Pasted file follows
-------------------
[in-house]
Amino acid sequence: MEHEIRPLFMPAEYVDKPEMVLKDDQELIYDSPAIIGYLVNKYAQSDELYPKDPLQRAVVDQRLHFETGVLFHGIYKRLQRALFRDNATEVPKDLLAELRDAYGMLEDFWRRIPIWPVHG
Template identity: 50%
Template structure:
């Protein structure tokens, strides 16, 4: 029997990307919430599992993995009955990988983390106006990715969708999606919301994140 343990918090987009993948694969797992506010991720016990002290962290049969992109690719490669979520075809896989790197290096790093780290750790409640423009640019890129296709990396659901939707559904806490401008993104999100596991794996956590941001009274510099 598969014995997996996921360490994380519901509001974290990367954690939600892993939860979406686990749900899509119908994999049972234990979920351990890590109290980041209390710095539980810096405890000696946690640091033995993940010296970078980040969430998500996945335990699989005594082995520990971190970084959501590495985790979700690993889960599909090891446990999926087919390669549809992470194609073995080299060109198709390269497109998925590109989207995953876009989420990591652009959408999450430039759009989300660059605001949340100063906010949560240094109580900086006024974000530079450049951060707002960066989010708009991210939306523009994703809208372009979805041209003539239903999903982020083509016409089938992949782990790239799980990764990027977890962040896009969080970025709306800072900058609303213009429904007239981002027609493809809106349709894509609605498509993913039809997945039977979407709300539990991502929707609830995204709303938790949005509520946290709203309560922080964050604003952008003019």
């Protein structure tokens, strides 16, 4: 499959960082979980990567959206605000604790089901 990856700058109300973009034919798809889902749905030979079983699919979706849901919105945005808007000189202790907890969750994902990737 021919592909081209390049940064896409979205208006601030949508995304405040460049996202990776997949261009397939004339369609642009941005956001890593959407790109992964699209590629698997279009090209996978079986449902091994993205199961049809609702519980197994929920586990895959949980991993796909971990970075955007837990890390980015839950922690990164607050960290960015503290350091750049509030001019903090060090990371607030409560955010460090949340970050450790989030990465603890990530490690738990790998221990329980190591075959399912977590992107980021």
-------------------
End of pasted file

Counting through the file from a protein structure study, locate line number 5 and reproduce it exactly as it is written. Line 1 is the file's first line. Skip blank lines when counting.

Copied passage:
């Protein structure tokens, strides 16, 4: 029997990307919430599992993995009955990988983390106006990715969708999606919301994140 343990918090987009993948694969797992506010991720016990002290962290049969992109690719490669979520075809896989790197290096790093780290750790409640423009640019890129296709990396659901939707559904806490401008993104999100596991794996956590941001009274510099 598969014995997996996921360490994380519901509001974290990367954690939600892993939860979406686990749900899509119908994999049972234990979920351990890590109290980041209390710095539980810096405890000696946690640091033995993940010296970078980040969430998500996945335990699989005594082995520990971190970084959501590495985790979700690993889960599909090891446990999926087919390669549809992470194609073995080299060109198709390269497109998925590109989207995953876009989420990591652009959408999450430039759009989300660059605001949340100063906010949560240094109580900086006024974000530079450049951060707002960066989010708009991210939306523009994703809208372009979805041209003539239903999903982020083509016409089938992949782990790239799980990764990027977890962040896009969080970025709306800072900058609303213009429904007239981002027609493809809106349709894509609605498509993913039809997945039977979407709300539990991502929707609830995204709303938790949005509520946290709203309560922080964050604003952008003019």